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Need for a better microscope prompts launch of a startup

By WIll Ferguson, College of Arts & Sciences
Originally published in WSU News

WSU physicist Matthew McCluskey wasn’t trying to invent the next generation of material characterization microscopes, but when he couldn’t get the results he wanted from the best on the market, he improvised.

Four years later, McCluskey launched Klar Scientific, a startup designing and manufacturing an innovative, new instrument that collects more information about materials in less time and at a lower cost than what is currently on the market. The company is the recipient of a $210,000 National Science Foundation Small Business Innovation Research grant to bring the affordable and easy to use microscope to market.

“Our new instrument could make a major impact in the $6.2 billion microscope market,” McCluskey said. “The business development advice and funding we received from the WSU Commercialization Gap Fund and the WSU Innovation Corps program were instrumental in our efforts to build a prototype and demonstrate the potential of this new technology.”

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Licensing deal with Genus will help combat deadly cattle disease

First published in WSU News

A gene editing technology developed at WSU is being licensed to Genus plc, a global animal genetics company, to develop cattle that are more resistant to bovine respiratory disease (BRD).

“From domestication and selective breeding to today’s use of advanced biotechnology, the goal of all animal husbandry remains the same,” said Bryan Slinker, dean of WSU’s College of Veterinary Medicine.  “The goal is to continue to optimize animal health and well-being and produce disease-free food animals.  This work is another important step in ensuring we meet our responsibilities to animals as well as the world’s food supply, now and in the future.”

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Scientist develops gene therapy for muscle wasting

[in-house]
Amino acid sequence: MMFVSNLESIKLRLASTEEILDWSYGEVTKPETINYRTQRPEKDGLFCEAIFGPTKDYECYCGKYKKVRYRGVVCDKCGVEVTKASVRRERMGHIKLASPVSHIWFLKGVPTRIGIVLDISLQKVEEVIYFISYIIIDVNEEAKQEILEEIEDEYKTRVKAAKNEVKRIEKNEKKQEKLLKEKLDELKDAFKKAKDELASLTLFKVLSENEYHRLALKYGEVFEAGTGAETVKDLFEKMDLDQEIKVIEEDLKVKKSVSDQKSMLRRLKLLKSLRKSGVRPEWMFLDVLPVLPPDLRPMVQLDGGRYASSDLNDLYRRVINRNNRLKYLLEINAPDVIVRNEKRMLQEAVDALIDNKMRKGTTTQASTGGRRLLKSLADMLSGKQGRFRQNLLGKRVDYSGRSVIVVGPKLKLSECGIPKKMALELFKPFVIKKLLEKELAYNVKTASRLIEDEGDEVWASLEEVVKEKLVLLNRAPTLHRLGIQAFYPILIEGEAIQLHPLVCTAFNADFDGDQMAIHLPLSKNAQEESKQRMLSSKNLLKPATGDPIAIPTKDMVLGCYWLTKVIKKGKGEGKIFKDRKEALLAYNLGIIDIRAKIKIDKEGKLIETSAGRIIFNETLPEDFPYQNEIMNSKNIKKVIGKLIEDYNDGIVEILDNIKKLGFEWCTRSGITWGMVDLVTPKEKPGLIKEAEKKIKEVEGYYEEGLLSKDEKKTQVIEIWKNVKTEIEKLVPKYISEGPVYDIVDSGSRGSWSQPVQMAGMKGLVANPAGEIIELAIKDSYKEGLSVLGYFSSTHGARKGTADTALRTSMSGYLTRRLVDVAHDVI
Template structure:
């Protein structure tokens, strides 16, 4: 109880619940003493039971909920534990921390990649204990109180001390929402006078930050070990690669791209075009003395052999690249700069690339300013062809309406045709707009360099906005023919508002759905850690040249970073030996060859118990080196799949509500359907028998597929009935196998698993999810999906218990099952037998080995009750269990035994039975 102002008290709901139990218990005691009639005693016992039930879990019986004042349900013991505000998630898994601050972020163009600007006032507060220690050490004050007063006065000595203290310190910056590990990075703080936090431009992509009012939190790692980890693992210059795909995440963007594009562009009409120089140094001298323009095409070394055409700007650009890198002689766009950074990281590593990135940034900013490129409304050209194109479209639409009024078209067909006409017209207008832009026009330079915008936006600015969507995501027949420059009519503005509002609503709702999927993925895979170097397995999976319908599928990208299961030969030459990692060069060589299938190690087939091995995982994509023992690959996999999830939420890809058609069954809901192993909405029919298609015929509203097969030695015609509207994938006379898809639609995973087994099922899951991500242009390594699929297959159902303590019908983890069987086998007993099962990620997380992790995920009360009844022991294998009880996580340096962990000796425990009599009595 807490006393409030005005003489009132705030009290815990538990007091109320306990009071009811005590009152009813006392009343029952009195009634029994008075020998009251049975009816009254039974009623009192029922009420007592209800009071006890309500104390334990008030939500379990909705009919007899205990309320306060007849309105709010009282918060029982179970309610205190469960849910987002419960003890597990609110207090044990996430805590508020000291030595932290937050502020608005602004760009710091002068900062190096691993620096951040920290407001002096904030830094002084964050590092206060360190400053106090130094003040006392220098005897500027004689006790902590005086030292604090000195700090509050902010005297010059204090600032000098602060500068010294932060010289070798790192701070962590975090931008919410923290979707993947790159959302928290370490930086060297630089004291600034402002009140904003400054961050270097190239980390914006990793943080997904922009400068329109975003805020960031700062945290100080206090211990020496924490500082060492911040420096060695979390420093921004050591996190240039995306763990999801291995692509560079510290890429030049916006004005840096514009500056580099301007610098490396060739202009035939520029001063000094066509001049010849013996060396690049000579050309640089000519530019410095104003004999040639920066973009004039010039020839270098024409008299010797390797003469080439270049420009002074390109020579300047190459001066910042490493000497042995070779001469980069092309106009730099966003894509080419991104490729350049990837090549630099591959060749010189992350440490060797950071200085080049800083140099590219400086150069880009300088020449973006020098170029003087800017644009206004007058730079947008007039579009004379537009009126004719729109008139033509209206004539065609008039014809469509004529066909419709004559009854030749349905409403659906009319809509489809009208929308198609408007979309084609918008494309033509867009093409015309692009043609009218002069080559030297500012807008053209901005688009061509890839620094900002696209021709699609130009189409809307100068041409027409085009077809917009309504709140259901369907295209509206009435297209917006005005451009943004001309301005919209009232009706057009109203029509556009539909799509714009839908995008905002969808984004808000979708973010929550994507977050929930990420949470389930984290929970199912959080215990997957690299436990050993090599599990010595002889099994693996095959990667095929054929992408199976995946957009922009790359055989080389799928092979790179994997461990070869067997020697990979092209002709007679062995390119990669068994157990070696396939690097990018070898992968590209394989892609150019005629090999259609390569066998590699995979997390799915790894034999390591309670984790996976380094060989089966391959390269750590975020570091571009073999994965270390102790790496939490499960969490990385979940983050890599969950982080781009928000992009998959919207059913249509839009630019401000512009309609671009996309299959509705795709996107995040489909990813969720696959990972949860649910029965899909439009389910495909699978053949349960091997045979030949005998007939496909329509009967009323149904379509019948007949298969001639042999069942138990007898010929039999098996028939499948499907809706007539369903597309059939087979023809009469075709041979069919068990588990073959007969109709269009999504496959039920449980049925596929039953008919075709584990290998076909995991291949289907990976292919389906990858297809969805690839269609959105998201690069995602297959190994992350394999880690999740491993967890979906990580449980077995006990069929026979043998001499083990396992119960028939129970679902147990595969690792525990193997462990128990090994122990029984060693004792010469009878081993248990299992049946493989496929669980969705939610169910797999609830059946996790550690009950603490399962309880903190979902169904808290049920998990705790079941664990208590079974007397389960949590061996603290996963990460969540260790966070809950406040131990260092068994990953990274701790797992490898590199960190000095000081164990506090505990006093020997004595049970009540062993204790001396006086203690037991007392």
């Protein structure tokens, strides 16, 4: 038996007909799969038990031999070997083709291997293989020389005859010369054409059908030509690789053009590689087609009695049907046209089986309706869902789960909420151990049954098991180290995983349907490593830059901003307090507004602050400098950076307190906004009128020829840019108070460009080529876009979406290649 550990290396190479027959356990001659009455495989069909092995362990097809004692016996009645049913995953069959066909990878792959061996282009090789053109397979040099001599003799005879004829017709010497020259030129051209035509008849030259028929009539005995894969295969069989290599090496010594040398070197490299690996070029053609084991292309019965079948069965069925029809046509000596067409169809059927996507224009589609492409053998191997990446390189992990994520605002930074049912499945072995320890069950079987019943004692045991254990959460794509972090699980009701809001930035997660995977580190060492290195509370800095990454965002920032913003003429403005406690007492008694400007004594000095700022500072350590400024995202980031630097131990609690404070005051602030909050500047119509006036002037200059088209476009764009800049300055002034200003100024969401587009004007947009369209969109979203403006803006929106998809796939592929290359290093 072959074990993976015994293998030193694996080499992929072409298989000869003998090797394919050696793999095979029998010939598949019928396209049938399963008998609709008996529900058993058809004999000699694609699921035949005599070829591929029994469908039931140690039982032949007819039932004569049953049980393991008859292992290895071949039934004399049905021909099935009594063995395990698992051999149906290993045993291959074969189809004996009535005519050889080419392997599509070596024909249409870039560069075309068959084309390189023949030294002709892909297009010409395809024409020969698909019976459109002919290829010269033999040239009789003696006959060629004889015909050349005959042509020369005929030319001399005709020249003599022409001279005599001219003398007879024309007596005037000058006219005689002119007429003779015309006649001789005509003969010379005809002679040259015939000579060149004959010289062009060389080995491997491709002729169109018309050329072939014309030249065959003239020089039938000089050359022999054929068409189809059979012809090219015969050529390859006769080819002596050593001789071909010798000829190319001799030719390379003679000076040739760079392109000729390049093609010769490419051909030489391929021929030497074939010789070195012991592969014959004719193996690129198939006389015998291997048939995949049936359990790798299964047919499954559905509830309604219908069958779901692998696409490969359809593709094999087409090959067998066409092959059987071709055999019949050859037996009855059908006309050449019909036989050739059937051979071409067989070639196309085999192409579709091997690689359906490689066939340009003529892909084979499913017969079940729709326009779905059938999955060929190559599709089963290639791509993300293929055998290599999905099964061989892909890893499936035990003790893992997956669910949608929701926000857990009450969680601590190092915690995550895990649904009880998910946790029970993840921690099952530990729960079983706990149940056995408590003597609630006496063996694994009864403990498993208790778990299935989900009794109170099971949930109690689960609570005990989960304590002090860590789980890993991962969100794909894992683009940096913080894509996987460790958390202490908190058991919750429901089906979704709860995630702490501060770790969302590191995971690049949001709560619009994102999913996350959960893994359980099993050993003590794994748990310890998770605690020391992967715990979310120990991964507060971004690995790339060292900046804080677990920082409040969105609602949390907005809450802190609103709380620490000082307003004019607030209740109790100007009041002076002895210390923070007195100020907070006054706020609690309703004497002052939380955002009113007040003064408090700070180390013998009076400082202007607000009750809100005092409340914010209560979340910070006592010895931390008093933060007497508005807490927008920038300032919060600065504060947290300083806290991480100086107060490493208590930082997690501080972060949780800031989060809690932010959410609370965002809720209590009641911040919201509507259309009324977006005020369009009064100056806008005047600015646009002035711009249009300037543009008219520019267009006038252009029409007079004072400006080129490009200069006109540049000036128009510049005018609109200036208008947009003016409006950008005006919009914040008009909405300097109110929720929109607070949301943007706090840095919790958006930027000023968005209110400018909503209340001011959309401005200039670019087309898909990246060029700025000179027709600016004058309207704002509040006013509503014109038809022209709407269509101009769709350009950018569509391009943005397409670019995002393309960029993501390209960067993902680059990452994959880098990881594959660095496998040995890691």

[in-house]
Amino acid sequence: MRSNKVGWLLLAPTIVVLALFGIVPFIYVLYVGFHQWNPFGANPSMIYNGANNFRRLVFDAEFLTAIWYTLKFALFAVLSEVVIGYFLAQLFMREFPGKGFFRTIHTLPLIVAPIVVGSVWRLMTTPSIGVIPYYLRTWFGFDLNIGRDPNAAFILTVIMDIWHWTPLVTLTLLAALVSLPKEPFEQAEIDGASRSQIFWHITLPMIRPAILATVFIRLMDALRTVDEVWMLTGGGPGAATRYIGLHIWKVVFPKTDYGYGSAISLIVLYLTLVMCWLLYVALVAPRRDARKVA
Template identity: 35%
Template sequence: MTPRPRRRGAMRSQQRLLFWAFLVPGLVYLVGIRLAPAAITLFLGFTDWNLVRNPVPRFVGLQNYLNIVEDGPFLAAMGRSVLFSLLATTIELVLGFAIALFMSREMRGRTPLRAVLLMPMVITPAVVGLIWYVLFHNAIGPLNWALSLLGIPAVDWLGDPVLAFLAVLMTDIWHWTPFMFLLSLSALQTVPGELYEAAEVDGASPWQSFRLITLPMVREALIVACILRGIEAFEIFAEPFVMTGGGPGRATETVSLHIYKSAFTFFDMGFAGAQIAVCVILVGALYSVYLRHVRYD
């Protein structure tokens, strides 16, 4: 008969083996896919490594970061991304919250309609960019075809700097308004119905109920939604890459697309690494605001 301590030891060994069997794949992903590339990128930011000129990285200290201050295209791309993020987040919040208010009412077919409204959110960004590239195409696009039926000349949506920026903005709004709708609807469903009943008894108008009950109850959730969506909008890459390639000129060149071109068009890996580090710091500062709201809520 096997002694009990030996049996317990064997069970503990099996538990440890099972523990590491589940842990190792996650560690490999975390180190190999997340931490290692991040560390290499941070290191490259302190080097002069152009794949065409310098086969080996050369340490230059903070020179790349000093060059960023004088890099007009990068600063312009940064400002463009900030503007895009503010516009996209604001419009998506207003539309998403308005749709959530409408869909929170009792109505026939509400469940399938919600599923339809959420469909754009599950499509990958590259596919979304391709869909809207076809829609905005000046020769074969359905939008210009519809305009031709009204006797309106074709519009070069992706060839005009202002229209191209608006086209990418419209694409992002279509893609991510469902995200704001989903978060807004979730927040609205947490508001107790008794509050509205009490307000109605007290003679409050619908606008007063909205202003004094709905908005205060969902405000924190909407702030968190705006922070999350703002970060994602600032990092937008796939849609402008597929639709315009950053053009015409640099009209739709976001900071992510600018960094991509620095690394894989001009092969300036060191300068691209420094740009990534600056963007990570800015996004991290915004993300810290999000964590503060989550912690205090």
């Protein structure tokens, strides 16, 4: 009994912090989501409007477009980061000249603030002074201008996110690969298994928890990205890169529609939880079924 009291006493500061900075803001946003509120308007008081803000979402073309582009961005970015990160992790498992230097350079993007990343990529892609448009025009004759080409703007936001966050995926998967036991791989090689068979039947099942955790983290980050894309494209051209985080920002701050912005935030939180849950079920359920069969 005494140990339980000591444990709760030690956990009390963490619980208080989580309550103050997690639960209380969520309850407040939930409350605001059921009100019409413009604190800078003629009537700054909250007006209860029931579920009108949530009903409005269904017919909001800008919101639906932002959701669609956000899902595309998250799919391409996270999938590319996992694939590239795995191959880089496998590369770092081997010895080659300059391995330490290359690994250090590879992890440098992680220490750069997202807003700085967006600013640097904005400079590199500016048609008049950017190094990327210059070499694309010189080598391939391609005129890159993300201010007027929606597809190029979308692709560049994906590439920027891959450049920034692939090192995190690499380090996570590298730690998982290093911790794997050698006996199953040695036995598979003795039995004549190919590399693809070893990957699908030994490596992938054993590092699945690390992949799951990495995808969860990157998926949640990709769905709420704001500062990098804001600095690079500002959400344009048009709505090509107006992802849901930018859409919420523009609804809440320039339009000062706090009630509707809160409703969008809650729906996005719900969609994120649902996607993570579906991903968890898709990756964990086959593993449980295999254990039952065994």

First published for WSU News by Seth Truscott

A discovery by Washington State University scientist Dan Rodgers and collaborator Paul Gregorevic could save millions of people suffering from muscle wasting disease.

The result of the team’s four-year project is a novel gene therapeutic approach. The work was published (http://stm.sciencemag.org/content/8/348/348ra98) July 20 in Science Translational Medicine, a journal of the American Association for the Advancement of Science.

“Chronic disease affects more than half of the world’s population,” said Rodgers, professor of animal sciences (https://ansci.wsu.edu/people/faculty/dan-rodgers/) and director of the Washington Center for Muscle Biology (http://wcmb.wsu.edu/). “Most of those diseases are accompanied by muscle wasting.

“It occurs with chronic infection, muscular dystrophy, malnutrition and old age,” he said. “About half the people who die from cancer are actually dying from muscle wasting and there’s not one single therapy out there that addresses it. » More …

Research fund partner helps WSU innovation advance

First published for WSU News

Since the Commercialization Gap Fund launched at Washington State University two years ago, 14 researchers have received funding to fill the gap between their discoveries and private investment. The Washington Research Foundation (WRF) has just invested up to $1 million for the next four years in the fund.

The fund has helped with everything from taking a muscle regenerating treatment to the next step in the drug development process (https://economicdevelopment.wsu.edu/2016/03/28/2333/), to developing training that will help police officers overcome biases (https://economicdevelopment.wsu.edu/2016/06/21/counter-bias-training-simulation-reaches-officers-gap-fund-support/).

“We have been impressed with the diversity of innovations at WSU,” said Beth Etscheid, director of research commercialization at the WRF (http://www.wrfseattle.org/), which established the fund with WSU in 2014. » More …

Licensing agreement will improve chemical detection

First published for WSU News

A new licensing partnership between WSU and Excellims Corp. will improve chemical detection tools used to detect everything from dangerous chemicals to human disease.

“I am very happy to see our research achievements being implemented into a commercial instrument,” said Herbert Hill, a WSU Regents Professor in the Department of Chemistry who developed the licensed technology. “This will allow researchers in a variety of academic research and industrial research fields to have a more powerful tool based on ion mobility spectrometry.”

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